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Whitetop Laurel: Virginia’s Most Unique Trout Stream

By Bruce Ingram

Photos by Bruce Ingram

Whitetop Laurel just might be the most unique trout stream in the Old Dominion. Located in Washington County in far Southwest Virginia near Damascus and Abingdon, Whitetop features mountainous scenery and classic trout habitat with plunge pools, runs, and pocket water. But as pristine as the setting is, the Virginia Creeper Trail runs along much of the stream, making it one of the most accessible wild trout fisheries in the state. There are even wheelchair accessible pools where anglers can roll their chairs along wooden rails to prime pools. Docks suspended above the stream add to the accessibility.

An image of an angler holding a brown trout

The browns are the major attraction at Whitetop Laurel.

Plus, two special regulation sections exist as well as three segments managed as stocked trout water. Within the special regulation sections of Whitetop Laurel the stream is managed as catch and release, in addition to a single hook artificial lure-only regulation. A freshwater fishing license and National Forest Permit is needed to fish the two special regulation sections. Within the stocked portions of the stream, there is a seven-inch size limit, a six-fish-per-day creel and a trout license required from October 1, through June 15 in addition to the statewide freshwater fishing license. A National Forest Permit is required on some sections of the stocked portion of stream.

Steve Owens, DWR fisheries biologist in the Marion office, says that both wild and hatchery trout can be caught in good numbers throughout the length of the stream. He adds that most wild rainbow trout range from 9 to 11 inches while brown trout can reach substantially larger sizes. Most stocked trout range from 10 to 14 inches.

An image of an angler selecting a fly for night fishing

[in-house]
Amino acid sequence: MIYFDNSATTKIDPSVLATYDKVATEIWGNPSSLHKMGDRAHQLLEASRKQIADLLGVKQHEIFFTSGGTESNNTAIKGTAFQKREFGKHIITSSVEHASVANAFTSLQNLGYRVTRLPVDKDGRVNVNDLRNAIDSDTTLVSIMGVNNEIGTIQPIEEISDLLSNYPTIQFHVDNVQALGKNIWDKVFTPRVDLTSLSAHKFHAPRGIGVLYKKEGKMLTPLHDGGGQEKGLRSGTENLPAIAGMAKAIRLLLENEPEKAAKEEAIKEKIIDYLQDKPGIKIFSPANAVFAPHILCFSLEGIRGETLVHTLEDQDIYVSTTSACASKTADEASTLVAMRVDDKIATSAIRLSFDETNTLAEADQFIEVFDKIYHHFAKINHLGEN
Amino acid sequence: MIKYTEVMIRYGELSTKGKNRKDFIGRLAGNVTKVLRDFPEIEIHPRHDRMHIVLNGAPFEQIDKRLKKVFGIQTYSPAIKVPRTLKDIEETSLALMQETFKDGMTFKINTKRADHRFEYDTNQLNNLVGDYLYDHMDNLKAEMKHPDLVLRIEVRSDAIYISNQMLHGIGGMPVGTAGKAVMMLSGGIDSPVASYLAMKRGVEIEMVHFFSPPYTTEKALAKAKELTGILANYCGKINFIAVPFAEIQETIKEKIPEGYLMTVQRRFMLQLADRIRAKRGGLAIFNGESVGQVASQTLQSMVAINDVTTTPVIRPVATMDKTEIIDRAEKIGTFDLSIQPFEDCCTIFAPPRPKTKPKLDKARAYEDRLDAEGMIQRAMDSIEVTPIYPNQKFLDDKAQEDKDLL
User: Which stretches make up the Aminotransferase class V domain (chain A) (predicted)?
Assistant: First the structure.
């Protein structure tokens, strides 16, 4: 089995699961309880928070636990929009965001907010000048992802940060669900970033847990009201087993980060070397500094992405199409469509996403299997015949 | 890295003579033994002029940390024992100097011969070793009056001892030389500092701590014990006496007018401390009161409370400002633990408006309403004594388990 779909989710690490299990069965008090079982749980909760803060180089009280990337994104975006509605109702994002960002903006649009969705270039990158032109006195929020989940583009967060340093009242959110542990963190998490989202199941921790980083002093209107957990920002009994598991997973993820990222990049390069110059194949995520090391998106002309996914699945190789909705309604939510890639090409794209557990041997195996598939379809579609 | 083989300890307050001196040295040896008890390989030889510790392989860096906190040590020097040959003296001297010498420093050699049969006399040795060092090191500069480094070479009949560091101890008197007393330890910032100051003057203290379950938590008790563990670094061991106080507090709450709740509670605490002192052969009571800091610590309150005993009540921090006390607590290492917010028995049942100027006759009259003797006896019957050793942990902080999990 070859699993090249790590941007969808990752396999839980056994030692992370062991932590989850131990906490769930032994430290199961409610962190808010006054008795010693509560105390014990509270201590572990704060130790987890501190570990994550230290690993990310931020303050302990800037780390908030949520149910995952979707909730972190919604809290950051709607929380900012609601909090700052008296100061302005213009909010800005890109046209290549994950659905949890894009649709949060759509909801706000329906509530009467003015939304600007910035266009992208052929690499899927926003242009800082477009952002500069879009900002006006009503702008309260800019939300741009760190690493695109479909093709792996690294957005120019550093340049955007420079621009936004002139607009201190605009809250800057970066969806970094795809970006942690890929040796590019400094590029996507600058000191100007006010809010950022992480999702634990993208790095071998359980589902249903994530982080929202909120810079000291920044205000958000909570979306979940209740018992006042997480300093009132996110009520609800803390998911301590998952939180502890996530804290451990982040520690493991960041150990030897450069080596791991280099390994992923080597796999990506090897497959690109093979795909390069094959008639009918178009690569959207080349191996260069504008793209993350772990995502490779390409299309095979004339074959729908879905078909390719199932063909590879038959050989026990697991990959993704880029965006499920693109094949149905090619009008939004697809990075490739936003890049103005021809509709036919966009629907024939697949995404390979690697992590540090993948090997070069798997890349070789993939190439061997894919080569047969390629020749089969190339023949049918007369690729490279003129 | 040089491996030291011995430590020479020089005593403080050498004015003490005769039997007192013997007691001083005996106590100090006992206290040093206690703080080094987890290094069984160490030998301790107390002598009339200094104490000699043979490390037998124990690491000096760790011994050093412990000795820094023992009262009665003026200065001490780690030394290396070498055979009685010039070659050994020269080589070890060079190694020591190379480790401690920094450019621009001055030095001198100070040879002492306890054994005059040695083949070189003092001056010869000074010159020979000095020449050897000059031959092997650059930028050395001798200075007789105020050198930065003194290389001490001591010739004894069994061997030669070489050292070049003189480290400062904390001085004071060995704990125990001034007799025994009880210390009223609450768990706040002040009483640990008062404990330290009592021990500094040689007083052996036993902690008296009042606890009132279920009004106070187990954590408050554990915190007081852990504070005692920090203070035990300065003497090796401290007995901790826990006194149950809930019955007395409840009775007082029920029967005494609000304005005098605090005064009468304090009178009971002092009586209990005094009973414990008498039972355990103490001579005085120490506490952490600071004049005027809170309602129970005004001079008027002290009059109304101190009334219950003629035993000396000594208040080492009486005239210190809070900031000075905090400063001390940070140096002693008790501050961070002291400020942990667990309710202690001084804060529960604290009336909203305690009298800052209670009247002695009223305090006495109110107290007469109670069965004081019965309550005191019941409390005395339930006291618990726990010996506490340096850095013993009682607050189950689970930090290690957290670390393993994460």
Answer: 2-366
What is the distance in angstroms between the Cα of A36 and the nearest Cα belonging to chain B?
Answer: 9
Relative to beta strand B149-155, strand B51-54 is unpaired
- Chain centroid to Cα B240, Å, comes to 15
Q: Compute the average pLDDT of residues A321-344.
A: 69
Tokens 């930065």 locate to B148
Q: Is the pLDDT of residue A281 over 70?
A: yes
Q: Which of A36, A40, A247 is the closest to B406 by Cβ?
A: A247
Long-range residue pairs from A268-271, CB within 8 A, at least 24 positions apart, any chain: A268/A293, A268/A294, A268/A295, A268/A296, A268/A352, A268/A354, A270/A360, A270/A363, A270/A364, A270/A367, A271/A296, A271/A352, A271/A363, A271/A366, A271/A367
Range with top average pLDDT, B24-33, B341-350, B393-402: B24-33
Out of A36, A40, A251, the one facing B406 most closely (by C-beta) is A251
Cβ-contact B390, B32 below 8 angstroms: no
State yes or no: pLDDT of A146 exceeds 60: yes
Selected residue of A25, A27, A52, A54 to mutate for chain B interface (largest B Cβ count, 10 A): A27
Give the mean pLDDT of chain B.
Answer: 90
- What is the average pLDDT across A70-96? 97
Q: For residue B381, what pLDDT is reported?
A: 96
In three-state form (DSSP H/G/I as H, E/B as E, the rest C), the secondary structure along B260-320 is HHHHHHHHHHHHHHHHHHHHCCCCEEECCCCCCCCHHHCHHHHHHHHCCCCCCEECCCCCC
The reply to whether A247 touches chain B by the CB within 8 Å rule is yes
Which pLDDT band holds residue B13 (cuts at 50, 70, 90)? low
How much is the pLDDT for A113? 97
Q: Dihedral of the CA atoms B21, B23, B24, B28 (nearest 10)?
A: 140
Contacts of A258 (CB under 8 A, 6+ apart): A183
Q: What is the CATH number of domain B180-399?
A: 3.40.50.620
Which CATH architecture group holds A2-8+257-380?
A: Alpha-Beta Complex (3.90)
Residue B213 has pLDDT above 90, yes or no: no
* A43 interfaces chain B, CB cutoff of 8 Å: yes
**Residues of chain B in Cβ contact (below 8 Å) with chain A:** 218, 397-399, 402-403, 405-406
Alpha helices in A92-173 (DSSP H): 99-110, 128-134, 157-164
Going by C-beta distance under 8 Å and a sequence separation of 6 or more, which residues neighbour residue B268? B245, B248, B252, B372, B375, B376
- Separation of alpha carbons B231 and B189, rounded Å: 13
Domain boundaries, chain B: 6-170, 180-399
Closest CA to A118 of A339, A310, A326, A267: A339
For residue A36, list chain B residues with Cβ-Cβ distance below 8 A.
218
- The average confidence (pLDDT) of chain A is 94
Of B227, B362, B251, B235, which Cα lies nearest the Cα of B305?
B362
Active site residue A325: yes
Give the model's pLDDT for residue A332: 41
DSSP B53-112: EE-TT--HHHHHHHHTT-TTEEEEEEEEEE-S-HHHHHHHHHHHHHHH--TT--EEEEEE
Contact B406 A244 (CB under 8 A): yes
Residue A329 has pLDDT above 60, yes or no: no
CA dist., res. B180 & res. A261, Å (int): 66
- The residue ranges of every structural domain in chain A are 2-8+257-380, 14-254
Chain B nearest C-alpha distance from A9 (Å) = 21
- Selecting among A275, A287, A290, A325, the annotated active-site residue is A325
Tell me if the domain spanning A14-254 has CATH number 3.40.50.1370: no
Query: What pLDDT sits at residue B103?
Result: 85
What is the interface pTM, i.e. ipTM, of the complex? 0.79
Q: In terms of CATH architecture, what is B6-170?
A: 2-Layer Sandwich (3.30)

Zac Stovall selecting a fly for Whitetop Laurel. Prince beadhead nymphs work year-round there.

I spent a morning on Whitetop and a major tributary, Green Cove Creek, with Zac Stovall of FeeldTrips Outdoors in Damascus. At our first stop, I promptly lost one of those “substantially larger size” browns that Owens referred to. Stovall agrees with the biologist about the length and girth of Whitetop’s browns.

“Browns are the main attraction, but there are some nice size rainbows, too, and a few native brook trout,” Stovall says. “Basically, you can fish plunge-pool type water all day, year-round here. Size 14 prince beadhead nymphs will work all year. Purple, red and silver bands seem to attract trout any time.

“From October through March, I use a cinnamon colored caddis for a dry fly and am successful in the mornings until about noon. Caddis come in May, and the famous green drake hatch arrives usually in early June. Beetle, grasshopper and ant patterns are favorites in the summer months. We also market what we call the Whitetop Box, a custom fly box with patterns for throughout the year.”

Stovall says he prefers a 3-weight fly rod with a 7-foot, 6-x leader for Whitetop and Green Cove Creek.

“That rod is perfect for the swift, shallow water that exists here,” he says. “Those big browns don’t have much room to roam when you hook them. So you need a rod with a little give.”

After Stovall and I finished plying Whitetop Laurel, we went to Green Cove Creek and caught rainbows, considerably lessening my misery about losing the large brown. Both streams will make you understand why the long drive to this area of the state is well worth it.

An image of an angler fishing at green cove creek; it is a rock stream with little pools of deeper water throughout it

Green Cove Creek features plenty of pocket water and plunge pools.

Guided trips: FeeldTrips Outdoors (276-728-8866); Lodging and dining: Damascus Old Mill Inn (276-475-3745). My wife and I stayed and dined at the inn, which lies on the banks of Whitetop Laurel. Virginia Creeper Trail (276-783-5196). DWR Marion office (276-783-4860). For more information:

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